7th Oct 2014 5:30pm
Bridget Millmore, PhD candidate, University of Brighton.
In his 1941 essay Sensibility and History: How to reconstitute the affective life of the past, Lucien Febvre encouraged scholars to study ‘la vie affective et ses manifestations’. Over half a century later the history of emotions is a burgeoning field. However one of the issues historians have grappled with is how to ‘get at’ the emotions of the poor where records are scarce. Indeed Claire Langhamer comments, in her recent book on love in the twentieth century, ‘the history of emotion has often looked more like history from above than from below, privileging cultural and intellectual history approaches and neglecting lived experience.’
My PhD research considers what a history of emotions looks like from ‘below’ in the eighteenth century. It explores the material form that sentiment can take by analysing a group of emotional objects produced by those traditionally marginalised from historical accounts. The thesis discusses what we can learn from these artefacts about the feelings of the poor.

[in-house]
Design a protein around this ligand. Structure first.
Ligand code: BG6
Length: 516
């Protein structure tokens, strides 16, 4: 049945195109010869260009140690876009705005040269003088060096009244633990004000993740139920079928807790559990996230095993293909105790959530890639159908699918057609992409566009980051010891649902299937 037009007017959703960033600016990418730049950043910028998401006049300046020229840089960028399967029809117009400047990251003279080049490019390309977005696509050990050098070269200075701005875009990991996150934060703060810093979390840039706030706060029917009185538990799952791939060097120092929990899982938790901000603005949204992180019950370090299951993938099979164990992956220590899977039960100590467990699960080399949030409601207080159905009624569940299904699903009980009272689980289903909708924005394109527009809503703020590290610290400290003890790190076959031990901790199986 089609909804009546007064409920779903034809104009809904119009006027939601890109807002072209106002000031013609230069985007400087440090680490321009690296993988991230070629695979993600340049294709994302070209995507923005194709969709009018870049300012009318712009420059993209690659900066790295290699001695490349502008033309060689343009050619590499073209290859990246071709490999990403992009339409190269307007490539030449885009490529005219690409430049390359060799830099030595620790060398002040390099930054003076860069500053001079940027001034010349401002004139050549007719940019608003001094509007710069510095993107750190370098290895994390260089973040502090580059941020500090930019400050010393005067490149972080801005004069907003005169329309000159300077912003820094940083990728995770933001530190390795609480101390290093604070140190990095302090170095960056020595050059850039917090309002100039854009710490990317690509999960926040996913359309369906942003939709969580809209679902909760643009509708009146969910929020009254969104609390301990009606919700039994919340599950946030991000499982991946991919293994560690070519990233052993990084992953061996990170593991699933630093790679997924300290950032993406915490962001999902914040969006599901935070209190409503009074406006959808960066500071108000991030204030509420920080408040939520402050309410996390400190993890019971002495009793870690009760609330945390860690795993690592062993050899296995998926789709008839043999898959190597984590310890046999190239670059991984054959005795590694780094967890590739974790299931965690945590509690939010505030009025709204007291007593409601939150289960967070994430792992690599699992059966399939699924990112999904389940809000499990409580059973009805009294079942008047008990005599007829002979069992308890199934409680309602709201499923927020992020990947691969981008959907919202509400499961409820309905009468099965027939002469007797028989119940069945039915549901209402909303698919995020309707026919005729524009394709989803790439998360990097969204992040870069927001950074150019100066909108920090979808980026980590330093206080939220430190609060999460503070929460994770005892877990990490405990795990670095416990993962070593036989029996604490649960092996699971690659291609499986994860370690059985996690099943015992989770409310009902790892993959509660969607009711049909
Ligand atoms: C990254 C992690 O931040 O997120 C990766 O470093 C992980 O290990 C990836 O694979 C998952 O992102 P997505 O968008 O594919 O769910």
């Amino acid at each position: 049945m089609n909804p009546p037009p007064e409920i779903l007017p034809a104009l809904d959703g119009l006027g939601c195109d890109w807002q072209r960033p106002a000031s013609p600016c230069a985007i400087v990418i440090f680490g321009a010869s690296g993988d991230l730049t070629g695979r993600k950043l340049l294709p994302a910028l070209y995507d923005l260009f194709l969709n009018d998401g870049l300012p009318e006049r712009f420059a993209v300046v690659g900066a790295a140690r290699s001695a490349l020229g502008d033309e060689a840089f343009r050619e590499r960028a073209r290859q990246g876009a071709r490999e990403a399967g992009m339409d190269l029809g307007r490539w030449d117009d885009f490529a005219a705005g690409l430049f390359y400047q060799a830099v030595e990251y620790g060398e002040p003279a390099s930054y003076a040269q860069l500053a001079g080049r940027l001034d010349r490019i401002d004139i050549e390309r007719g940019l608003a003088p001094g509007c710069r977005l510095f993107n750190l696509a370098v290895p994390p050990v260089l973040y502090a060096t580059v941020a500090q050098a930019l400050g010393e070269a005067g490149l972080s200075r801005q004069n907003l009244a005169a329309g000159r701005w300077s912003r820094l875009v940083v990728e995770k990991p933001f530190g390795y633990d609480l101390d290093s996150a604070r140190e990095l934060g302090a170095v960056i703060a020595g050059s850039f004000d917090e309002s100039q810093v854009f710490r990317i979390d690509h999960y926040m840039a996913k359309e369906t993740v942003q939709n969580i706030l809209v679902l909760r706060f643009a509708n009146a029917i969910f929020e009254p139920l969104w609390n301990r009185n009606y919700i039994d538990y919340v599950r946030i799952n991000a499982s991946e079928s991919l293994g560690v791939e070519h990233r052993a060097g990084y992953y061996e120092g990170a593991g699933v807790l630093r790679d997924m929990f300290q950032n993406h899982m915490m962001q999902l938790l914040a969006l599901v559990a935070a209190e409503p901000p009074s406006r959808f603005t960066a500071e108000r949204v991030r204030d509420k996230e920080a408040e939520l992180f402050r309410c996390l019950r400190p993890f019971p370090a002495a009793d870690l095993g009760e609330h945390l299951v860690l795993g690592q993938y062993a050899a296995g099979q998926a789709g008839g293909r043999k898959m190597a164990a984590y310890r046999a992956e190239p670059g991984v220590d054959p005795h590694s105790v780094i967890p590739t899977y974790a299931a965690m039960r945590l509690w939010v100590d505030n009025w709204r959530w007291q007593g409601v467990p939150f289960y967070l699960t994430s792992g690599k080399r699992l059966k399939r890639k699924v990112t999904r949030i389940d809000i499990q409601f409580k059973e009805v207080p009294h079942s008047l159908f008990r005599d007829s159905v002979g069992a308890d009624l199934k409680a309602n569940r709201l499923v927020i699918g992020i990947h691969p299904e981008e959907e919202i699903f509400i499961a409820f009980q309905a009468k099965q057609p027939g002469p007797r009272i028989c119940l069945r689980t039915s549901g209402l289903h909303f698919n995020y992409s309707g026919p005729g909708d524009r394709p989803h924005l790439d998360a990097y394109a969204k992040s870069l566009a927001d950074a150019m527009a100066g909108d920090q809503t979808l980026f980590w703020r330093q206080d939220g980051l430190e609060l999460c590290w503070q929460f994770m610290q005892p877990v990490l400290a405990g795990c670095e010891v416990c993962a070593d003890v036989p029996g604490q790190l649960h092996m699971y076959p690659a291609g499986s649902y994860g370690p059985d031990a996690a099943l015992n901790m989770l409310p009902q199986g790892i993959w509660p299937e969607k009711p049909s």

My paper for IOTA focuses on part of that research. It introduces the love tokens at the core of my study. They were produced to mark expected events such as birth and betrothal, apprenticeship and trades. They also marked unexpected events such as imprisonment and transportation. On an initial reading, love tokens convey expressions of love and affection. Yet when viewed from the perspective of popular literature it becomes clear that they were crafted in the knowledge that not all hoped-for promises of love, fidelity, loyalty and remembrance would be fulfilled.